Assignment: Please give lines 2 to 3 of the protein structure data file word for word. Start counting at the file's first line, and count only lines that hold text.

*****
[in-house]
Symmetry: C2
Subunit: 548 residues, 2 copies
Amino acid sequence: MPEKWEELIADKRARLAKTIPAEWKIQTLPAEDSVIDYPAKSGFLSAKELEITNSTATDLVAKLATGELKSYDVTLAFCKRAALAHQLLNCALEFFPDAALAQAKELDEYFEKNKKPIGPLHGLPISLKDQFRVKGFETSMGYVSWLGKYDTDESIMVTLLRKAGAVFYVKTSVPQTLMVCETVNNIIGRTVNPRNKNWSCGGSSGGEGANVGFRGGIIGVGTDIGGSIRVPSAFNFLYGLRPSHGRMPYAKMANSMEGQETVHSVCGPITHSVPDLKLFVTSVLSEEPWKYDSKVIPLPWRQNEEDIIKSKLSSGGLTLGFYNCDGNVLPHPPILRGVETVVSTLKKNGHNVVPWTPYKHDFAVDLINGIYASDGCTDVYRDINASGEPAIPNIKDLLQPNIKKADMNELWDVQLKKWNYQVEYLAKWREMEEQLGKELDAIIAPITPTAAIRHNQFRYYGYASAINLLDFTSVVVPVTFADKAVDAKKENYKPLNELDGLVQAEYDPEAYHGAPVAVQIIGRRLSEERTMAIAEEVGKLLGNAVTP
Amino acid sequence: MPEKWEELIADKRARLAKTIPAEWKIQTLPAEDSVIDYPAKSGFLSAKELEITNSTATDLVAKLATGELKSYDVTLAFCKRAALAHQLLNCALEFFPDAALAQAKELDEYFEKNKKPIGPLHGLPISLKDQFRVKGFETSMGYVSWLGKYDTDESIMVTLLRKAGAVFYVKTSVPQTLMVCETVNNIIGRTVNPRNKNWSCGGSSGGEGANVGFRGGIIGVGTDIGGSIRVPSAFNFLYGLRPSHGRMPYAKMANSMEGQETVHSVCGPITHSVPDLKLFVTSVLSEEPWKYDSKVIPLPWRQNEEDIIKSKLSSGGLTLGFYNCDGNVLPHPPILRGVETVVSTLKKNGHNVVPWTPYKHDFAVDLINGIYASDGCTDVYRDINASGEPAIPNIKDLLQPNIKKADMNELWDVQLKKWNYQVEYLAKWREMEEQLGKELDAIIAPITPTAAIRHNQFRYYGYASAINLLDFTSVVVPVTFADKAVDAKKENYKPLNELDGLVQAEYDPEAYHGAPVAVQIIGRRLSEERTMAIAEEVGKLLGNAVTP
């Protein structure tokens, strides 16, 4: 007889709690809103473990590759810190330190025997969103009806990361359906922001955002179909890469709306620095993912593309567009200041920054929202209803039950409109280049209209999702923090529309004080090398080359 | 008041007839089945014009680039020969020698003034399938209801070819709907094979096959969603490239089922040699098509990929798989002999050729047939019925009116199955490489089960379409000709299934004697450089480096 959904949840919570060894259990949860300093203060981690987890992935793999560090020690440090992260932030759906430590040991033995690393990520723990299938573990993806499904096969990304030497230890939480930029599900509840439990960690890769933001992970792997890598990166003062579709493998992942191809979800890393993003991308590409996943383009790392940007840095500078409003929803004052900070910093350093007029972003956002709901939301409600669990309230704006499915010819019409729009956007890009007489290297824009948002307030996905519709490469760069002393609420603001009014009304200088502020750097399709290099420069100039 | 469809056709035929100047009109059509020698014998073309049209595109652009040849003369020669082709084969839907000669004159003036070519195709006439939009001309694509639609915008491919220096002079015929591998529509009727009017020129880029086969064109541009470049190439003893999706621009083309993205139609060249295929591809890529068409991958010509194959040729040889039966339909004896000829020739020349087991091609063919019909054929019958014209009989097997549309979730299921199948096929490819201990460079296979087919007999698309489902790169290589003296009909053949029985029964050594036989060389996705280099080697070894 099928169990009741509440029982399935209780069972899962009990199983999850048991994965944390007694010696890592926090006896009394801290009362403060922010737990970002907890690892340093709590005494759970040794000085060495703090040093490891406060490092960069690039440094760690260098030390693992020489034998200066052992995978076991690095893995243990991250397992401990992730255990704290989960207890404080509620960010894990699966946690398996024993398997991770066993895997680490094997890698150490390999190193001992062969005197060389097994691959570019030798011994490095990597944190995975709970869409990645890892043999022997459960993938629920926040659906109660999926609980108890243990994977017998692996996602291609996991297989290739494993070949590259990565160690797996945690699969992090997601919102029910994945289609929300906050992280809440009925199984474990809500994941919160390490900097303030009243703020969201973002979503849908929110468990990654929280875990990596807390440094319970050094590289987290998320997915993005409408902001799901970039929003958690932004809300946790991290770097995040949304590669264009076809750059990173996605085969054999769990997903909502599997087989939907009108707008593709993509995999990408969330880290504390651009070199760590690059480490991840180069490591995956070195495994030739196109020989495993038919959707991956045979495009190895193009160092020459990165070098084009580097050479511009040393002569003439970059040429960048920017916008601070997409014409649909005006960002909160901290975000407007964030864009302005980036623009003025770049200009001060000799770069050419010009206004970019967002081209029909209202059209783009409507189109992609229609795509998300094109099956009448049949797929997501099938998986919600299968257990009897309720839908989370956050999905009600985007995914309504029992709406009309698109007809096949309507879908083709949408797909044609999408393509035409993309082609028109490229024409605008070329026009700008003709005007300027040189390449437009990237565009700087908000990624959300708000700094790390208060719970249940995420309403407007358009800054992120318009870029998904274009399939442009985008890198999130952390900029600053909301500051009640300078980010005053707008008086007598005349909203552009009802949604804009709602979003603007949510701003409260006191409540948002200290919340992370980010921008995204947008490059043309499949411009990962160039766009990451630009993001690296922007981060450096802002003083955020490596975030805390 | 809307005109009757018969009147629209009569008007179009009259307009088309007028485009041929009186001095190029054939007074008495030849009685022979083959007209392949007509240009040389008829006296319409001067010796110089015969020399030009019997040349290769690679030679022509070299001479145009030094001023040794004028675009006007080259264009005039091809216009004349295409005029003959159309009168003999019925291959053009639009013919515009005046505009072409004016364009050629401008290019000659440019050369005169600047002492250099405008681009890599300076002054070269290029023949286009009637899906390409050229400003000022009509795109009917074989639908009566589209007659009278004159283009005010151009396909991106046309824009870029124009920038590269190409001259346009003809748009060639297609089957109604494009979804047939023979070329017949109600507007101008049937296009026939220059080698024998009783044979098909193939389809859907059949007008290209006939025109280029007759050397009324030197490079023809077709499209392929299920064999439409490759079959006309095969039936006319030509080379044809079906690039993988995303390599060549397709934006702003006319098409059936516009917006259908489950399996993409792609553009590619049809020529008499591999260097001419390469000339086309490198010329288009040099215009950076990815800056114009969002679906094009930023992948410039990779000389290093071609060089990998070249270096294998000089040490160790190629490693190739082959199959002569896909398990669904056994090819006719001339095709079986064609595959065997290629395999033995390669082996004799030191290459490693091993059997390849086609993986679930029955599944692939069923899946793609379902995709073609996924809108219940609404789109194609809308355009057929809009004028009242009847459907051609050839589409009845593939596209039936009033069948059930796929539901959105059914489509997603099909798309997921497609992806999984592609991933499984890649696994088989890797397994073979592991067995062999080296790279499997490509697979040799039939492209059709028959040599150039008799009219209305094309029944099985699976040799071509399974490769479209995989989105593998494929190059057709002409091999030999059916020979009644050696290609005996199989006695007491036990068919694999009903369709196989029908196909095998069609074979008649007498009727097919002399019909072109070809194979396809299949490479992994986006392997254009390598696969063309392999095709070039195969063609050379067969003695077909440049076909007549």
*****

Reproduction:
Symmetry: C2
Subunit: 548 residues, 2 copies